Norval Morrisseau


Norval Morrisseau was born at Sand Point Reserve, near Beardmore (now Thunder Bay), Ontario in 1931.The eldest in a family of five boys, he was, according to Ojibwe custom, raised by his grandparents. His maternal grandfather, Moses Nanakonagos, was an exceptional storyteller and was recognized as a Shaman by his peers. Morrisseau learned Anishnaabe cosmology from his grandfather, a member of the Midewiwin religious society, and Christianity from his Catholic grandmother. Norval studied his Anishnaabe heritage intensively until he himself became a Shaman.

Taught the history and ceremonial traditions of the Ojibwe, Morrisseau (Copper Thunderbird) began drawing the legends of his people at a very young age. In later years, while working in mining, he continued to develop his art. Isolated from major urban centres, he became a full-time artist in the early 1960s, creating The Woodland School, his unique pictographic style – a style that has influenced many First Nations artists including Daphne Odjig, Carl Ray, Blake Debassige, and Saul Williams.

By 1962, Morrisseau’s vibrant, richly colourful paintings had attracted the attention of Toronto gallery owner Jack Pollack who organized a one-man show of the artist’s work. The show gained critical praise.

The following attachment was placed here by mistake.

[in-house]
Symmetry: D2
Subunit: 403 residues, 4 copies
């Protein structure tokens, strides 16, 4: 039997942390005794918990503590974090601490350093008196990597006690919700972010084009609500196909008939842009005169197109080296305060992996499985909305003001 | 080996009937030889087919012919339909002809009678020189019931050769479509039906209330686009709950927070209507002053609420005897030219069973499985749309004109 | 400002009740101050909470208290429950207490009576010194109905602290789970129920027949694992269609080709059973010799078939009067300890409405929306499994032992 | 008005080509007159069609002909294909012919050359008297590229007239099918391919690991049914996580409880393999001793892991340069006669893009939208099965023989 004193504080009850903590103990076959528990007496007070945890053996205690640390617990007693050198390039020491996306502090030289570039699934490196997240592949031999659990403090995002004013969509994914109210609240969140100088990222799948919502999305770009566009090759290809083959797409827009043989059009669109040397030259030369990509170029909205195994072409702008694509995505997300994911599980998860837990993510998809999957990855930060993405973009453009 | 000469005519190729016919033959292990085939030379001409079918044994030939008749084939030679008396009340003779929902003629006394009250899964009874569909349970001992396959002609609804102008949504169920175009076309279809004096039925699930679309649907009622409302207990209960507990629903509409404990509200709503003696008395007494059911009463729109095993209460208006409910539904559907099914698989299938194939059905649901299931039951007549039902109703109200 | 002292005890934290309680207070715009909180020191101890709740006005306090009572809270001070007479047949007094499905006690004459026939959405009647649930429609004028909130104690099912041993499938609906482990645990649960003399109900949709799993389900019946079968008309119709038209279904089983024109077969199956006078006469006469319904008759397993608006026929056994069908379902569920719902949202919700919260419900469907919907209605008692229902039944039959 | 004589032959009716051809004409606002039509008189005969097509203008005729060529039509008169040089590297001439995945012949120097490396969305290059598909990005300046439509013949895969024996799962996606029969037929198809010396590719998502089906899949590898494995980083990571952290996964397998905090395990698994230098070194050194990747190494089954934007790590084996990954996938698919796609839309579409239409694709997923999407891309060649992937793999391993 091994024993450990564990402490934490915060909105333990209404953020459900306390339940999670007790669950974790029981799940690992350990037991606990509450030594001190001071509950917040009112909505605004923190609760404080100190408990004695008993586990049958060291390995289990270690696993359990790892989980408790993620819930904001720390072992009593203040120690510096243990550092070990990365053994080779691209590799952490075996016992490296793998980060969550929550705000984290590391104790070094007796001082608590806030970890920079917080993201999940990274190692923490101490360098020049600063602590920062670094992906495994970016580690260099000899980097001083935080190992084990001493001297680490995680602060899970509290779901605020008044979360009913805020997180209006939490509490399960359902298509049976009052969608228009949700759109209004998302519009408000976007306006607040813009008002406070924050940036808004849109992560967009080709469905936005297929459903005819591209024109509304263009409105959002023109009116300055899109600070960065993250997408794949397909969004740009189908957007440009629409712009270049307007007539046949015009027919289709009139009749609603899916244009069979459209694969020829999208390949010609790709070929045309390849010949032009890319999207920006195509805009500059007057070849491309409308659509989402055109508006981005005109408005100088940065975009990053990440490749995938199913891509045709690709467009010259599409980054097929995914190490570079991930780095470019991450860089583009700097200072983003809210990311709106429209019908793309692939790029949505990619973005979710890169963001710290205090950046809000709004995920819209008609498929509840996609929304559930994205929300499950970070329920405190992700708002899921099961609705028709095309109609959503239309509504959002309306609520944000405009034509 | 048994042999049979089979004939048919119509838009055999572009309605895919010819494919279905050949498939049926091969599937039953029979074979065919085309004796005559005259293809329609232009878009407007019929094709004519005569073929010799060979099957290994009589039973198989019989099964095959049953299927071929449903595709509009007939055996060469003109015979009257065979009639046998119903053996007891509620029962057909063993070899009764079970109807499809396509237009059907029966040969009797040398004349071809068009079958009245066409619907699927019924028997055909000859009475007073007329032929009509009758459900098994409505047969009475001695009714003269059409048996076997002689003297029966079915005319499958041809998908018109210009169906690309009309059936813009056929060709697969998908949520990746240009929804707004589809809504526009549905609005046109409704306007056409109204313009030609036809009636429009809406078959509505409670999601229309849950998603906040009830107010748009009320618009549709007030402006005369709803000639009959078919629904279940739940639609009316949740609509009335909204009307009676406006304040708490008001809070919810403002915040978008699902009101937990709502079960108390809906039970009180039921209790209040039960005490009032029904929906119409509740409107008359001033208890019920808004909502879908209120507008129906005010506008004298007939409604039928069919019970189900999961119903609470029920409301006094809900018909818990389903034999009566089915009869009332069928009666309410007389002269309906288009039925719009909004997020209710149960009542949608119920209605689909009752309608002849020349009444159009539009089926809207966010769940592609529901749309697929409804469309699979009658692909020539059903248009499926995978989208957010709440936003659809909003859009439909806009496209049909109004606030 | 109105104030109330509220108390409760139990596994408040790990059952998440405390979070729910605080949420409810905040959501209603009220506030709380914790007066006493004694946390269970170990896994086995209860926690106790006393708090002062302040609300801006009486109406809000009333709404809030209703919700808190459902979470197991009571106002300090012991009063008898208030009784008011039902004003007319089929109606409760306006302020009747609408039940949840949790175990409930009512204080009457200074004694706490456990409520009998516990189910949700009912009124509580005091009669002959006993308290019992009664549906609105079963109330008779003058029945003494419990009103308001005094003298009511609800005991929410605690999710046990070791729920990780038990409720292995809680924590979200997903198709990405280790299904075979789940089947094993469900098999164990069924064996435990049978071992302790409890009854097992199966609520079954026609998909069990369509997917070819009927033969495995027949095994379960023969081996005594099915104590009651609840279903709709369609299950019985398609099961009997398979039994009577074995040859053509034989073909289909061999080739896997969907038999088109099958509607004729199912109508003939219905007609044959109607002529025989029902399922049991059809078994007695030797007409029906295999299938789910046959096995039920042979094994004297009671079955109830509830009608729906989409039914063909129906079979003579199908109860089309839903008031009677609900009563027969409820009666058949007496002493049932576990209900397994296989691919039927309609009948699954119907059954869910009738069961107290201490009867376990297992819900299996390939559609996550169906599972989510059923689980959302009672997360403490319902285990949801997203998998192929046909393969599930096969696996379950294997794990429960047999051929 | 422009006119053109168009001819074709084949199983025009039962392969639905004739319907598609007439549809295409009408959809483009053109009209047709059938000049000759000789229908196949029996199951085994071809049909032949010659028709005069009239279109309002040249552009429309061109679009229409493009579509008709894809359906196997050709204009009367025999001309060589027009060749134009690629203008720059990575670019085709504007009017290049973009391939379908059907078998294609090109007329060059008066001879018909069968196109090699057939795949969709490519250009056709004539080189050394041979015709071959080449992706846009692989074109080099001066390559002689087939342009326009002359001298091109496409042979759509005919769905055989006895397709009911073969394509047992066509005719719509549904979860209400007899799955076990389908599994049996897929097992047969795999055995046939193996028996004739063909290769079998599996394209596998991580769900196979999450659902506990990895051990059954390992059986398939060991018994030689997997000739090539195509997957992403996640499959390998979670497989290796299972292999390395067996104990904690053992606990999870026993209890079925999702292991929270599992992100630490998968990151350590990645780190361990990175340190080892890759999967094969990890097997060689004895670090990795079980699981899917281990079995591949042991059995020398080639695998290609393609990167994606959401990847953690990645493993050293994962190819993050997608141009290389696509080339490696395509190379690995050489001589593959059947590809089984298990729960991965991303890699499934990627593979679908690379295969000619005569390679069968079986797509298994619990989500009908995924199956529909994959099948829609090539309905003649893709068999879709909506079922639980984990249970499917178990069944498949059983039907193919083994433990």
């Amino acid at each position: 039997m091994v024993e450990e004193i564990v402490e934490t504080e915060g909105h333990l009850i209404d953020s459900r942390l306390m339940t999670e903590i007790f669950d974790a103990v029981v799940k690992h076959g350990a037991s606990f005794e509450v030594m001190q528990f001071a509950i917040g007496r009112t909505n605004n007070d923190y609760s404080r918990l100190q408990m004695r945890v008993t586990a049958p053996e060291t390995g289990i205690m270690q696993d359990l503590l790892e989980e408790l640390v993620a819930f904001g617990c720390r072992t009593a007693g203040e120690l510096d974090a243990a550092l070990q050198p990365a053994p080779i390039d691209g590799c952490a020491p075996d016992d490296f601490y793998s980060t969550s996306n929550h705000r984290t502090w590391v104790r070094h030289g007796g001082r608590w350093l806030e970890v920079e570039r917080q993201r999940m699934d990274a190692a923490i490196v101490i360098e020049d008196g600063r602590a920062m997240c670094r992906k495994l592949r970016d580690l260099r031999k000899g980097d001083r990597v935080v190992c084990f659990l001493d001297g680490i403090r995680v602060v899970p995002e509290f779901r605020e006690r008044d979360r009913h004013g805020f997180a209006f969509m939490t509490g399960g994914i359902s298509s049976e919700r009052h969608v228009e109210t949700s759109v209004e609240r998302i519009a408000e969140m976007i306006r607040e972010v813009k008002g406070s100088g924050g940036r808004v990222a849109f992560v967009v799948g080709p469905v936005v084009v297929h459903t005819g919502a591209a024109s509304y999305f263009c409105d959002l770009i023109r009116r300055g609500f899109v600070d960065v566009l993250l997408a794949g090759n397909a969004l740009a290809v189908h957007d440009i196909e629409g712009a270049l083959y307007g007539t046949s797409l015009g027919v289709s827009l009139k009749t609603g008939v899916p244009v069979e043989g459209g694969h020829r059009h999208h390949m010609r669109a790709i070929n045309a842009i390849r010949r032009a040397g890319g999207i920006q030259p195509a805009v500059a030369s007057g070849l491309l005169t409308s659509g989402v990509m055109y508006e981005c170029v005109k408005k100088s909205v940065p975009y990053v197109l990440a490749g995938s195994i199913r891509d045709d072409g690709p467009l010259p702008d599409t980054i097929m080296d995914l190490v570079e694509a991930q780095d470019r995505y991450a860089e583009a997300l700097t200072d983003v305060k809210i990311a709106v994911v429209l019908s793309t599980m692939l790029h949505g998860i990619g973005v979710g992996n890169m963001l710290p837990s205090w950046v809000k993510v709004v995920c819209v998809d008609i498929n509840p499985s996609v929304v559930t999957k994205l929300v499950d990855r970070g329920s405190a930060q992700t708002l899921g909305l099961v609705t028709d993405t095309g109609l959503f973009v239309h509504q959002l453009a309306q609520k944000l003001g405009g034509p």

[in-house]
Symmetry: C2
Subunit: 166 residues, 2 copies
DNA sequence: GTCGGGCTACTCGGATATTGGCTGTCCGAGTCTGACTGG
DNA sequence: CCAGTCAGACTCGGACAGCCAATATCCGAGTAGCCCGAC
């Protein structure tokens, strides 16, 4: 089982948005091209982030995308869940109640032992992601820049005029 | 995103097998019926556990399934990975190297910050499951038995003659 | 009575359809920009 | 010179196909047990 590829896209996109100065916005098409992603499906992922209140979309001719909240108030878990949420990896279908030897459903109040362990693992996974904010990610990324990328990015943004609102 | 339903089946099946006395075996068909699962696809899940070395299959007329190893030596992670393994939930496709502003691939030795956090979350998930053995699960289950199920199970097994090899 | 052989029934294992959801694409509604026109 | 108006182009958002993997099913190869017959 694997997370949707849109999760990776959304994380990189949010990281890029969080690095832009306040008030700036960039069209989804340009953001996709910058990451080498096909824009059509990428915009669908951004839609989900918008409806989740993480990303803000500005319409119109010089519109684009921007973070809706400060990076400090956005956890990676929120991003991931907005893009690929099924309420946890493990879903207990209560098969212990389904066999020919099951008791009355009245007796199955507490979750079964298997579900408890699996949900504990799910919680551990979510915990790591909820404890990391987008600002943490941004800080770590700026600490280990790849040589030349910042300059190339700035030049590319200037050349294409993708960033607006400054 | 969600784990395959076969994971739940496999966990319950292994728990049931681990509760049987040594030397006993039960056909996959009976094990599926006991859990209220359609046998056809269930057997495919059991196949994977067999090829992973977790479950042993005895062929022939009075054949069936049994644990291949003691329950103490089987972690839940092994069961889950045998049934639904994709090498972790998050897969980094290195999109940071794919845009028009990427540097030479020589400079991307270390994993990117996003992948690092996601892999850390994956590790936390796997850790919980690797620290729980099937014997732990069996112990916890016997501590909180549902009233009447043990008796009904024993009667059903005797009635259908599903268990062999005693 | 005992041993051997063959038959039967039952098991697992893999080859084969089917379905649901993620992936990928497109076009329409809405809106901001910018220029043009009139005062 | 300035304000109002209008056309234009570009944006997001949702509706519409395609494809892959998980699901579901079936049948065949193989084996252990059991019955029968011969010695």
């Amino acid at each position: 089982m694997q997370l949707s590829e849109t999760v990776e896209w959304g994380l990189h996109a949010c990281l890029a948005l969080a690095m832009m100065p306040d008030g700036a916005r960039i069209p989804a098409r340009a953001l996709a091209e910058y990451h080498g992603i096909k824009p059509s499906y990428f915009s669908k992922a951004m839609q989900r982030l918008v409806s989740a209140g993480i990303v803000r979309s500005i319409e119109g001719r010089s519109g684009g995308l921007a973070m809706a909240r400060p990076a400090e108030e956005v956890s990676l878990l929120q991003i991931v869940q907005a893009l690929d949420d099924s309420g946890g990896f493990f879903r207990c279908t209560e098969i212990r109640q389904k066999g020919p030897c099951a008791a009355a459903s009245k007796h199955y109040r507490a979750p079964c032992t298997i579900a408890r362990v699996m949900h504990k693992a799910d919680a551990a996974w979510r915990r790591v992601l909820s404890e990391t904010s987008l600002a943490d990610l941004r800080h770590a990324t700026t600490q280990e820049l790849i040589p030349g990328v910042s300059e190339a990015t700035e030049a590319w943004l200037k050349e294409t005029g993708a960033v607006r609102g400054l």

Morrisseau painted Artist’s Wife and Daughter while staying at a motel near the McMichael Collection and, together with a self-portrait, sold it to Robert and Signe McMichael, whom he had just met.

These acquisitions were the first to be made by the McMichael’s founders who, from the outset, were enthralled by Morrisseau’s innovative art style and over the years continued to add his work to their collection (today, the number of Morrisseau works in the McMichael’s permanent collection totals sixty-four).

In addition to the Morrisseau paintings, Mr and Mrs McMichael were avid collectors of art by other First Nations artists working in the Woodland or Legend art style developed by Norval Morrisseau. As this collection grew, and in order to display permanently the art created by the Woodland School of painters, Robert and Signe McMichael found it necessary to add additional gallery space to their home. They converted what was then their swimming pool (now the McMichael’s theatre) into a gallery devoted to the creative output of such artists; the new gallery was officially opened in 1975.

Today, the McMichael continues to collect and exhibit art by artists whose work has been influenced by Norval Morrisseau’s unique style and depictions of Anishnaabe legends.

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